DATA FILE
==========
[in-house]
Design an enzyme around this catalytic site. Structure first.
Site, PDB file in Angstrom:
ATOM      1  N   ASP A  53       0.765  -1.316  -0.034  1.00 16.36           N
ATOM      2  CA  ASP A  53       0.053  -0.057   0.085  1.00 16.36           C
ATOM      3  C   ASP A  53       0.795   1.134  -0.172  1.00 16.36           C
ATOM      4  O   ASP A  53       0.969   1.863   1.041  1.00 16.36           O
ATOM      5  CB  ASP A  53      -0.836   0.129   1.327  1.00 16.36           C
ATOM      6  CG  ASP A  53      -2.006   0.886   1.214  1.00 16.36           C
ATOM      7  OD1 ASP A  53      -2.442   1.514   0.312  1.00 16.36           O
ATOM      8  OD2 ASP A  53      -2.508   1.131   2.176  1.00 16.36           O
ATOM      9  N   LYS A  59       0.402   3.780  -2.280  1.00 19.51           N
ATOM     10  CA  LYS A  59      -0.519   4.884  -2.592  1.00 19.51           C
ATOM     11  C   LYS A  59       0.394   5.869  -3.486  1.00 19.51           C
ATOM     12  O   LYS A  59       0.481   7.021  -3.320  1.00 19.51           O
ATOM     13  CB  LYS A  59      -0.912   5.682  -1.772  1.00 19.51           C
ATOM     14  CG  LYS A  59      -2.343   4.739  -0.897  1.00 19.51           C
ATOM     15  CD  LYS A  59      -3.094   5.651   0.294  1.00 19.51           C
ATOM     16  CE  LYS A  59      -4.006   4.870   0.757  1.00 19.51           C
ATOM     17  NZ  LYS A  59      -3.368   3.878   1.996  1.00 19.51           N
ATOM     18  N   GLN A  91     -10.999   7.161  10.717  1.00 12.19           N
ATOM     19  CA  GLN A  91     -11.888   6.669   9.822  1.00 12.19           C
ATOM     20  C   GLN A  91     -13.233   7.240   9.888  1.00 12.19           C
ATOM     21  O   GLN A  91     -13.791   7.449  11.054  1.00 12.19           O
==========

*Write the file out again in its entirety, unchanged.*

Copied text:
[in-house]
Design an enzyme around this catalytic site. Structure first.
Site, PDB file in Angstrom:
ATOM      1  N   ASP A  53       0.765  -1.316  -0.034  1.00 16.36           N
ATOM      2  CA  ASP A  53       0.053  -0.057   0.085  1.00 16.36           C
ATOM      3  C   ASP A  53       0.795   1.134  -0.172  1.00 16.36           C
ATOM      4  O   ASP A  53       0.969   1.863   1.041  1.00 16.36           O
ATOM      5  CB  ASP A  53      -0.836   0.129   1.327  1.00 16.36           C
ATOM      6  CG  ASP A  53      -2.006   0.886   1.214  1.00 16.36           C
ATOM      7  OD1 ASP A  53      -2.442   1.514   0.312  1.00 16.36           O
ATOM      8  OD2 ASP A  53      -2.508   1.131   2.176  1.00 16.36           O
ATOM      9  N   LYS A  59       0.402   3.780  -2.280  1.00 19.51           N
ATOM     10  CA  LYS A  59      -0.519   4.884  -2.592  1.00 19.51           C
ATOM     11  C   LYS A  59       0.394   5.869  -3.486  1.00 19.51           C
ATOM     12  O   LYS A  59       0.481   7.021  -3.320  1.00 19.51           O
ATOM     13  CB  LYS A  59      -0.912   5.682  -1.772  1.00 19.51           C
ATOM     14  CG  LYS A  59      -2.343   4.739  -0.897  1.00 19.51           C
ATOM     15  CD  LYS A  59      -3.094   5.651   0.294  1.00 19.51           C
ATOM     16  CE  LYS A  59      -4.006   4.870   0.757  1.00 19.51           C
ATOM     17  NZ  LYS A  59      -3.368   3.878   1.996  1.00 19.51           N
ATOM     18  N   GLN A  91     -10.999   7.161  10.717  1.00 12.19           N
ATOM     19  CA  GLN A  91     -11.888   6.669   9.822  1.00 12.19           C
ATOM     20  C   GLN A  91     -13.233   7.240   9.888  1.00 12.19           C
ATOM     21  O   GLN A  91     -13.791   7.449  11.054  1.00 12.19           O